Crowdfunding for social projects

16.10.2012 Blog

Crowdfunding  has emerged in recent years as an increasingly important source of grants and investment for new ventures. It involves using online platforms to pitch a proposed project to an online audience, often via video, and asking people to make a small donation to reach a target amount of funding. Drawing on the concept of crowdsourcing, the idea is for large numbers of people to pool their money to invest in an idea. For example at Indiegogo.com, people working on a range of film and media projects propose their idea in order to advertise for funding. Unlike charity donation platforms, crowdfunding sites can only take money from interested parties if their project reaches its total fundraising target within a set time period. Further, many platforms also require entrepreneurs to give some form of reward or incentive to those who choose to invest in their project. While  some of these take the form of monetary returns as with traditional investment, many projects offer  alternative rewards such as exclusive merchandise and email updates on how the project is progressing (for example, a project might offer to name the funders on their album acknowledgements or to send them a limited edition print).

Crowdfunding platforms are a relatively recent development but have seen a major growth as start-up businesses become increasingly frustrated with traditional means of gaining financial support. Originally focusing largely on art projects, these platforms have been extended to a range of fields including technology goods. There are some dramatic examples of how crowdfunding can be used to raise large amounts very rapidly. For example, Project Eternity (a role play computer game) reached its target of $1.1 million less than 24 hours after it was posted on Kickstarter. Governments have also shown support for this emerging phenomenon – the UK legalised crowdfunding two years ago and the Obama administration this year introduced the Jumpstart our Business (JOB) Act which eases federal regulation allowing businesses to accept small contributions from private individuals.

The success of crowdfunding in the commercial sphere has led to a number of social entrepreneurs and innovators using this method as a way of getting their projects off the ground. For many social projects, government cuts and the language of cash-flow liquidity and financial returns of venture capitalists make traditional sources of funding difficult to acquire. Sites such as Spacehive (a platform for crowdfunding neighbourhood improvement projects) and Buzzbnk (which supports a wide range of social ventures) are providing an alternative source of funding. These platforms are an effective way for social entrepreneurs to test their ideas against public opinion and to develop a good customer base prior to release of final project. They also provide valuable market exposure.

However, with the growth of crowdfunding platforms comes growing criticism and scepticism. There have been some high profile projects which have repeatedly extended their launch dates and in some cases failed to launch resulting in loss of money and online investors. Other projects struggle under the pressure to fulfil the requirements and obligations they have made to the crowd that funded them.  The project Diaspora (an alternative social network site to Facebook) has become a well known example of this failure to anticipate the requirements of the crowdfunding process. The creators were unable to cope with the overwhelming support for the project, in which they gained $190,000 more than their target goal. Ultimately the project became unmanageable and they failed to release it publically. This case has fuelled considerable criticism about the reliability of such an approach for investors. Increasingly, it is becoming clear that specific skills and responsibilities are integral to the crowd funding processes and something that start-ups need to have addressed prior to undertaking the crowdfunding process.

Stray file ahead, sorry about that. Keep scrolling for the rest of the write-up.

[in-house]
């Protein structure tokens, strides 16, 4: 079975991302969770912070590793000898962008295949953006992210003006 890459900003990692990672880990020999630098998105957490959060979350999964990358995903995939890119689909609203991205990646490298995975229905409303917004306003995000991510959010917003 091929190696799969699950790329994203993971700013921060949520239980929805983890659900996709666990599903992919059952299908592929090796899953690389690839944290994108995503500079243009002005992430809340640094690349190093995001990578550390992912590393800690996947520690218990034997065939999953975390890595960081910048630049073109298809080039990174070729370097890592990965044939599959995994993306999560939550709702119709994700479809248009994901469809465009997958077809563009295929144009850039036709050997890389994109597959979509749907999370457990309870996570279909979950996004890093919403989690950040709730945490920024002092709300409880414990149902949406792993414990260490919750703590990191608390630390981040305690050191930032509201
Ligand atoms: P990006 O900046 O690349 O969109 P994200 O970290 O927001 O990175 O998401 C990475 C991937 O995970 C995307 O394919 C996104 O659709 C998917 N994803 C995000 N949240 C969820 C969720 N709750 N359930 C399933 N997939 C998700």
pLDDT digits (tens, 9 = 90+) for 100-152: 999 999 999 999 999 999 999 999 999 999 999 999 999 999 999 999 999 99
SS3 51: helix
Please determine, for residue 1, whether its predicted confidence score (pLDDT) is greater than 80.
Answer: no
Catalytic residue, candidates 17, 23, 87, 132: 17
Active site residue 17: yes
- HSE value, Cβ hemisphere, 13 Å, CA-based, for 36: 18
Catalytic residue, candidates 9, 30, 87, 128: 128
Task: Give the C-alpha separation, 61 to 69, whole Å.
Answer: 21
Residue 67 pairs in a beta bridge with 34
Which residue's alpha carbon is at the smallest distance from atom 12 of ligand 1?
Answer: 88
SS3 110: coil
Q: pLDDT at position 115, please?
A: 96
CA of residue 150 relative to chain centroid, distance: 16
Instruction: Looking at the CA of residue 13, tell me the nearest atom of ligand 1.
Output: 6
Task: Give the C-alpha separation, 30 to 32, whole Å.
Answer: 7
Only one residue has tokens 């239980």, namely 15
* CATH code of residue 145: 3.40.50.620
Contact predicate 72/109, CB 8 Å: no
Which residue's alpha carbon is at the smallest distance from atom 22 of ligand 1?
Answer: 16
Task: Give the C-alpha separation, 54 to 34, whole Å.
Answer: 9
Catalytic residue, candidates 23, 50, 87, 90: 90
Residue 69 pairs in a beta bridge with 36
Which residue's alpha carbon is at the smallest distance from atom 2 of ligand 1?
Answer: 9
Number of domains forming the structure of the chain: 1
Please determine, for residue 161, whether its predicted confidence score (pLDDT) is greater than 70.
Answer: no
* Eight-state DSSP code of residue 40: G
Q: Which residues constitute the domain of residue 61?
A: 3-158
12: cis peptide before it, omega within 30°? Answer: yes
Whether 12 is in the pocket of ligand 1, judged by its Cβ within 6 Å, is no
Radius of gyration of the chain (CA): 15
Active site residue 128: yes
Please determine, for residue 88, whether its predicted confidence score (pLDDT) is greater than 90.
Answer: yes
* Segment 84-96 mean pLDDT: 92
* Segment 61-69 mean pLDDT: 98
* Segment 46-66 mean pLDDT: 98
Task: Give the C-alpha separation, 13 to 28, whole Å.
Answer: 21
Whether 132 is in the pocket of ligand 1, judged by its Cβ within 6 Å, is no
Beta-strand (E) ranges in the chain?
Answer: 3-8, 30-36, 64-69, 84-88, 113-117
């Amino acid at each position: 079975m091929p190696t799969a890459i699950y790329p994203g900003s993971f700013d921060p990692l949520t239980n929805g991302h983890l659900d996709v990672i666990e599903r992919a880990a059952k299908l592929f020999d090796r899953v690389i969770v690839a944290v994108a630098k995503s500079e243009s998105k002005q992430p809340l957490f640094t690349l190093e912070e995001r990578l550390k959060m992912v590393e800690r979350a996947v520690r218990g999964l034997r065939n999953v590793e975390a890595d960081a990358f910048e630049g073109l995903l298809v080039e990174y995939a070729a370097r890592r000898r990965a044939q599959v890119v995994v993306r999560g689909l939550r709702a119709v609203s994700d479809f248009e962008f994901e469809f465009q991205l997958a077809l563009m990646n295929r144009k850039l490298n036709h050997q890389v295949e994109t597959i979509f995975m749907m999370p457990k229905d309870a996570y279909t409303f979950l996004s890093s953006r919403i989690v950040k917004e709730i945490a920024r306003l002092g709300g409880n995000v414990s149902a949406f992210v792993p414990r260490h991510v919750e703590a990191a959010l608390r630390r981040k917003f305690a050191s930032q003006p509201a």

More recently criticism has focused on issues surrounding accountability. A number of projects have been less than transparent about how the money they have raised has been used and in some cases where the project has failed, those who paid into it have not been refunded.  While crowdfunding platforms such as Kickstarter take a percentage of successfully funded projects, they argue that they have no legal responsibility to ensure that individuals receive the correct, or indeed any, returns. This has prompted claims that these platforms make individuals increasingly vulnerable to abuse by fraudulent organisations with no intention of fulfilling their proposed project or providing any return for money invested.

Despite these criticism platforms are continuing to raise huge amounts for new projects with Kickstarter alone raising nearly $300 million for projects in the US. Crowdfunding remains popular and a large number of projects have used it very successfully. There are also significant advantages to the crowdfunding approach beyond gaining funding. These platforms allow projects to gain substantial publicity and support for a project, demonstrating appetite and potentially helping  to secure further funding from more traditional sources.  Whether crowdfunding continues to be a viable alternative source of funding will depend on how well entrepreneurs and innovators can inspire trust in online communities.